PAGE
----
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Dr. Hannah Shipman
School of English, HKU
When is consent not consent? Medical Ethics-in-Interaction

Informed consent is held as the ethical and legal bedrock of clinical practice and research involving humans, though there is ongoing debate about the extent to which it is attained. A paradigm of consent focusing on individual autonomy and self-determination is dominant. With increasing numbers of litigation cases and professional guidelines, attention is focused on the question: Has informed consent been achieved? This paper takes an alternative perspective by investigating consent in practice in genetic contexts, exploring how professionals discuss consent and how it unfolds during encounters.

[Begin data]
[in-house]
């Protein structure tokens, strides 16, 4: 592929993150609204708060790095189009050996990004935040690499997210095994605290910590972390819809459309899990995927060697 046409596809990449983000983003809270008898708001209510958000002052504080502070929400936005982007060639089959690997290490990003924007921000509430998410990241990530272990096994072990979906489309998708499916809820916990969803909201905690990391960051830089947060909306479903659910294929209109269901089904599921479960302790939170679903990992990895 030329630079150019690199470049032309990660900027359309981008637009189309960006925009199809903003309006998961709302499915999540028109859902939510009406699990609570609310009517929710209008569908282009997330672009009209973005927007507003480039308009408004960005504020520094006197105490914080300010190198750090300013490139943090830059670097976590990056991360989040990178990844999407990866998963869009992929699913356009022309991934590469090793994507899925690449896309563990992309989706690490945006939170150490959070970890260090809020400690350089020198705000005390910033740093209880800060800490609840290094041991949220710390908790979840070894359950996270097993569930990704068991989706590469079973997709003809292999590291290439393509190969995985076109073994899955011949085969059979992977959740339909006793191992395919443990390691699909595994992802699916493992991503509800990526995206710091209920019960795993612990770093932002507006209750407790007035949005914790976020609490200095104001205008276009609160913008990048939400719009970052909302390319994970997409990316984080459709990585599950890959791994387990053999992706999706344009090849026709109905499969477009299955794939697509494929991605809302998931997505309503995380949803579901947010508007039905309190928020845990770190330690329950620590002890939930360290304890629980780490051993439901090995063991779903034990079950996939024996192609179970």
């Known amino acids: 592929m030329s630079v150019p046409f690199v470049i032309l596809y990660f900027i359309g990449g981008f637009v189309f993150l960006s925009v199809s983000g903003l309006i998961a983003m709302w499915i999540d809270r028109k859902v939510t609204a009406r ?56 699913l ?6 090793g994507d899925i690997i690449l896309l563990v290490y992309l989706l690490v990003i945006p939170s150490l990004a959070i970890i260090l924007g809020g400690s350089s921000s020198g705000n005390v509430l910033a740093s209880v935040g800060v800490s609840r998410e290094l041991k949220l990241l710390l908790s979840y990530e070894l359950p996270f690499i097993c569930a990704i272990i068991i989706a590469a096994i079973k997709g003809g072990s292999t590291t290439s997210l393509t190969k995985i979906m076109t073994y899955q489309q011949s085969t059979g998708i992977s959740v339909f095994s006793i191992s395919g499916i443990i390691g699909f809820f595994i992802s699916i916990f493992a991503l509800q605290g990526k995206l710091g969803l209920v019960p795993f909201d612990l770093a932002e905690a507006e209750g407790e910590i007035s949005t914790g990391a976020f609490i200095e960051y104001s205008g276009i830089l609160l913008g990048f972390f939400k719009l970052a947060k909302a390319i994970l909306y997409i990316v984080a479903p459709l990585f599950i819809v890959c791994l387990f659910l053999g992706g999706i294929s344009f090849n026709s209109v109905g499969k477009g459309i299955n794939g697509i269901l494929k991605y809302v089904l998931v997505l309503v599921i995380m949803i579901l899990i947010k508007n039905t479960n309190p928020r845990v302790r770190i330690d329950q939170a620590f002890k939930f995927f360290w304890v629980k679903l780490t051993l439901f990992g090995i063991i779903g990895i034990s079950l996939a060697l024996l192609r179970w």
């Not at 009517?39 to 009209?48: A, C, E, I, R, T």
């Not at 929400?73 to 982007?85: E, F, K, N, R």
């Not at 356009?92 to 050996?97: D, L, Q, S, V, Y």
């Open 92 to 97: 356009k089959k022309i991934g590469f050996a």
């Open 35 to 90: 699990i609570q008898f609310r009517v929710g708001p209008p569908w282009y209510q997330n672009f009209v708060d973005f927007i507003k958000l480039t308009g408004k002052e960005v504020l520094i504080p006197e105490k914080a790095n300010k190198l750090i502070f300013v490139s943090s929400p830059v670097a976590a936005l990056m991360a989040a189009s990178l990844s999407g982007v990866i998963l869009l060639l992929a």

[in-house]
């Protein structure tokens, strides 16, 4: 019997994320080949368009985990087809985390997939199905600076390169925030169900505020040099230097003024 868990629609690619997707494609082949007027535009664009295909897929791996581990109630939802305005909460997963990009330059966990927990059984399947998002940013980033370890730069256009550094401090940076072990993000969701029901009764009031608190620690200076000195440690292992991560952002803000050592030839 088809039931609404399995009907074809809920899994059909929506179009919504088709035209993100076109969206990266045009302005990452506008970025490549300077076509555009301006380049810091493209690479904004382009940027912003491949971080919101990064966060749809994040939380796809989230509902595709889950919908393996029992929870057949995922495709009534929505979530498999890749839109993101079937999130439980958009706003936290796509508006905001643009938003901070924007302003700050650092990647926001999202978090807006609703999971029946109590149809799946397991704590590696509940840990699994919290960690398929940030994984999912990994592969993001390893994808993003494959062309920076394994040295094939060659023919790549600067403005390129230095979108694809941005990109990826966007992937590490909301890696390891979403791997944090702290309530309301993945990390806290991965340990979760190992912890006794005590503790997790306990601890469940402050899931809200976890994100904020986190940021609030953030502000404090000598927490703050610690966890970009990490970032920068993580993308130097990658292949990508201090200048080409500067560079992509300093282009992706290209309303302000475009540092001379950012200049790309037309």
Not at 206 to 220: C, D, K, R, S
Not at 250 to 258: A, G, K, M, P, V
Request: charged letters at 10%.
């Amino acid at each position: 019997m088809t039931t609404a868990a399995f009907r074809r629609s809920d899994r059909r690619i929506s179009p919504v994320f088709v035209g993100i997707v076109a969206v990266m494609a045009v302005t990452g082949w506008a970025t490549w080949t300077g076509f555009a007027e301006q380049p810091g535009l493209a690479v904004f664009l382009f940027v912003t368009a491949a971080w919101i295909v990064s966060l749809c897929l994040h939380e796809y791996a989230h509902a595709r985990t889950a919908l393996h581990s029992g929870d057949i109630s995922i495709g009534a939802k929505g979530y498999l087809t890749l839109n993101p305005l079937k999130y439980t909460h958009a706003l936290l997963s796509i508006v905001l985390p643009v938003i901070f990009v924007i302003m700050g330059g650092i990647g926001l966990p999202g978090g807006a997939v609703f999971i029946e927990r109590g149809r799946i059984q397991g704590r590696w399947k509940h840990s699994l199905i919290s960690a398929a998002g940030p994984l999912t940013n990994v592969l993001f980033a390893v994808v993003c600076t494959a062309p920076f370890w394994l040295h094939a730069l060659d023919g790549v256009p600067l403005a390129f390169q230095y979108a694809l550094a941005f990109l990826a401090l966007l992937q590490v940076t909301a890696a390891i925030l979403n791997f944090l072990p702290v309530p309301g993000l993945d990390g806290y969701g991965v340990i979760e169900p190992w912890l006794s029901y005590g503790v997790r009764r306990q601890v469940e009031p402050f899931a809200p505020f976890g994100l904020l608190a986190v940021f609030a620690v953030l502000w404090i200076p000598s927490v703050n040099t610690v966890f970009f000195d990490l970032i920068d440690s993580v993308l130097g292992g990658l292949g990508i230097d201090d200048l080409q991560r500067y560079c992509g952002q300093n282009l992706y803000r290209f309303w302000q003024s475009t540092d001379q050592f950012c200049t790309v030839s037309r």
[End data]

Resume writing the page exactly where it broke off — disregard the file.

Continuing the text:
I draw on data from semi-structured interviews with professionals responsible for seeking consent (n = 28) and observations of encounters where consent was sought (n = 27). Rhetorical discourse analysis, involving micro-examination of the discursive devices drawn on by participants in their talk led to the central finding of accountability; that is, how consent is negotiated through often competing discourses of respect for autonomy and the responsibilities of relevant parties. This frequently gave rise to tensions in the accounts, which I will explore in relation to the themes selected for detailed analysis (negotiations of informed consent; constructions of motivations and concerns; handling risk and uncertainty; professional challenges). I argue for a movement away from the impasse in discussions within the dominant paradigm of consent and suggest that opening up a dialogue that conceptualises consent as an interactive process involving complex moral negotiations within relationships is a more fruitful way forward.